the post–Sept. 11 pall that shrouds Wall Street has wiped away the giddiness of

past bonus seasons.

“I think people have been chastened by recent events,” said Jamie

Peretz, a managing director at executive recruiter Korn-Ferry. “There won’t be

much whining and complaining this year.”

Most bankers won’t have any idea as to their bonuses until

mid-January, following their firm’s year-end. But Morgan Stanley and Goldman

Sachs, with their fiscal years concluding at the end of November, will start

letting people know about their numbers early next month. And at both firms,

bankers are now prepping themselves for the worst-a slashing of their bonuses

by as much as 50 percent, say headhunters and Morgan Stanley and Goldman

bankers.

“Expectations are low,” said one Morgan Stanley executive who

preferred to remain anonymous. “But people will not be surprised. We are all

happy that we have jobs in this environment.”

Said another Morgan Stanley banker: “I’m from New York and was

brought up here. Right now, I’m more concerned with the international and the

municipal situation than being flat-to-down next year. I’m just grateful to be

employed.”

At Goldman Sachs, the sentiment is the same, though with a twist.

While Goldman Sachs senior management has warned its bankers to expect bonus

levels 50 percent down from last year, it has also indicated that as much as 40

percent of some pay packages may well come in the form of Goldman Sachs stock

options. A source within the firm adds that, while nothing is final yet, the

vesting periods (or the time when one can sell one’s stock) for these options

would be in one-, two- and three-year increments, and that the rationale for

this move would be to prevent further job cuts. A fine notion, to be sure, but

still a tough dose of medicine for bankers used to the big cash payouts of

years past.

But that’s not the worst of it, say some Goldman bankers. When

Goldman Sachs’ fiscal year ends on Dec. 1, the strike price (or price at which

one can sell) for the stock-option bonus component will either be the share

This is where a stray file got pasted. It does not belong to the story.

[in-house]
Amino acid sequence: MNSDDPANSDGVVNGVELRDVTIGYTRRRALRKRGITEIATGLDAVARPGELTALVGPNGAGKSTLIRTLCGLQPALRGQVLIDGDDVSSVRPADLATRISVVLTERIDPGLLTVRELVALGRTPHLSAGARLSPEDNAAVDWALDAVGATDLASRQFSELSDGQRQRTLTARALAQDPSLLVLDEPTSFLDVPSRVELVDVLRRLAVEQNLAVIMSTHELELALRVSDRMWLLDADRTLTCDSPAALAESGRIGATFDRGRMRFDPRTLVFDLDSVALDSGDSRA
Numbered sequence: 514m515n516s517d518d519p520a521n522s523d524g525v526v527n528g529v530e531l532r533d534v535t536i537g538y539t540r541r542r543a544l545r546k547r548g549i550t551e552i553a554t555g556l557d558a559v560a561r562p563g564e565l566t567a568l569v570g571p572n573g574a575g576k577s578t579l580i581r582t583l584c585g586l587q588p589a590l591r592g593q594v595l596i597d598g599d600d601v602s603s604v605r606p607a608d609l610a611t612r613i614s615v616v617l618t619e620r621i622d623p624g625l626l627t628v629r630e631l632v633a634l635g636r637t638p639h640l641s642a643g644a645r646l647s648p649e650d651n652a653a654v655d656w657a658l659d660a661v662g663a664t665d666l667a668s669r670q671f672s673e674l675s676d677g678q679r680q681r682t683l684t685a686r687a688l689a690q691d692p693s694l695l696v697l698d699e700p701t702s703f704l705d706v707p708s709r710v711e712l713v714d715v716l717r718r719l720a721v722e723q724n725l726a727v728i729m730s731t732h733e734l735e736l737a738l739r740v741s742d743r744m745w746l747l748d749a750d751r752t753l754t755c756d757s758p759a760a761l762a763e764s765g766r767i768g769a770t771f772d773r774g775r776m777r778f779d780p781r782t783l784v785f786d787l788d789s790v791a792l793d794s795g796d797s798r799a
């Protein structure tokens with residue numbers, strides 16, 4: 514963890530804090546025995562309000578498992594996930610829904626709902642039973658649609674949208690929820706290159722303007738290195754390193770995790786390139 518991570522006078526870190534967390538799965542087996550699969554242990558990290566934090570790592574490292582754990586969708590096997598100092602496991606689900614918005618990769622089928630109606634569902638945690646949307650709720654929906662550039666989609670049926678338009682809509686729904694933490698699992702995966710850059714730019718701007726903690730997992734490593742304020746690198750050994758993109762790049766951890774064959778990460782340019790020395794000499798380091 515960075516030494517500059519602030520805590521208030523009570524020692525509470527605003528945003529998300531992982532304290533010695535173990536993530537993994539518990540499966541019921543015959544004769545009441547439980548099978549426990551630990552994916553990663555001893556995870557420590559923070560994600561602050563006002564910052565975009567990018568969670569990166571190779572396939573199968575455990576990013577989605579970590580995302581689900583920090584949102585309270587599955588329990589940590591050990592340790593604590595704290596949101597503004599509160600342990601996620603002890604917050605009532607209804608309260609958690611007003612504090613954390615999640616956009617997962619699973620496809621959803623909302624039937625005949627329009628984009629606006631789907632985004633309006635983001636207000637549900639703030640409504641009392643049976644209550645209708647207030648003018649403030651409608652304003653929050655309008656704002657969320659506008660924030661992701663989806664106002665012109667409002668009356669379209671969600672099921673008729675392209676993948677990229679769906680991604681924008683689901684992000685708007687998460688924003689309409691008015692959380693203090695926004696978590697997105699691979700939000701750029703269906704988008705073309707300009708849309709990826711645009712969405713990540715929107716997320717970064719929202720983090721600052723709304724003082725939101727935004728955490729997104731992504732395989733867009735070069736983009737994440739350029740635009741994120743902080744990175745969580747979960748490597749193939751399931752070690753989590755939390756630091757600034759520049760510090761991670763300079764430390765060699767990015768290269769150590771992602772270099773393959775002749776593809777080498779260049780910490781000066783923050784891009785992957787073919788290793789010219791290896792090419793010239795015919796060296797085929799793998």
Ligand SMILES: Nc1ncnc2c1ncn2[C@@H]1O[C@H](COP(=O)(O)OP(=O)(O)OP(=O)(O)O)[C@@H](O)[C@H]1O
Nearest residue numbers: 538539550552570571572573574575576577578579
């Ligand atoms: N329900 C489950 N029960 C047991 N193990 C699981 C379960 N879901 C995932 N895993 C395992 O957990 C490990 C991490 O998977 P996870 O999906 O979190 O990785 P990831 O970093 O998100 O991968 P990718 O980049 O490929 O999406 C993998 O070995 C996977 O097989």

price on Nov. 30, or an average for the previous month. Whatever the case may

be, Goldman Sach’s share price-currently at $88-has been on the rise since

hitting a low of $64 after the Trade Center attack, causing some Goldman

bankers, ironically enough, to wish for it to fall. Since they’re already taking

a 50 percent hit on their bonuses, the last thing bankers want is for 40

percent of their pay to be locked up in options that may well end up being

worth nothing if the stock hits the skids again.

“In order for those options to have any real value, the stock

would have to go to $120 or $130 per share,” said one senior Goldman banker.

“We are all sitting around saying, ‘We haven’t done any deals in months, our

business is 50 percent off from last year,

and the stock is up for the year.’ I think it’s more likely the stock goes back

to 75, which means the options they would give me now [at or near the current

price] would be worthless. It’s deeply depressing.”

But in these times, there’s not much a Goldman banker can do.

More so than its peers, Goldman has been very quick to adjust pay levels to

weakness in the marketplace-which is why its overall compensation level, at 49

percent of revenues, is amongst the lowest on the Street. Last year, while all

his peers awarded themselves a raise for the year, Goldman Sachs chief

executive Hank Paulson-expecting tougher market times to come-gave himself a

pay cut as his bonus narrowed to $14 million from $16 million the year before.

Expect another cut in pay to follow this year.

Shed no tears for these folks, though. They’ll still make their

millions, but there’s no mistaking that the brash sense of entitlement

characterizing the bonus periods of previous years is no more. It’s a time to

work hard and be thankful for what small financial favors follow.

“I love what I do,” added the senior Goldman banker in talking

about his reduced circumstances. “So I’m going to take it. As the joke goes

around here, we’re working twice as hard as we did last year for 10 percent of

the money.”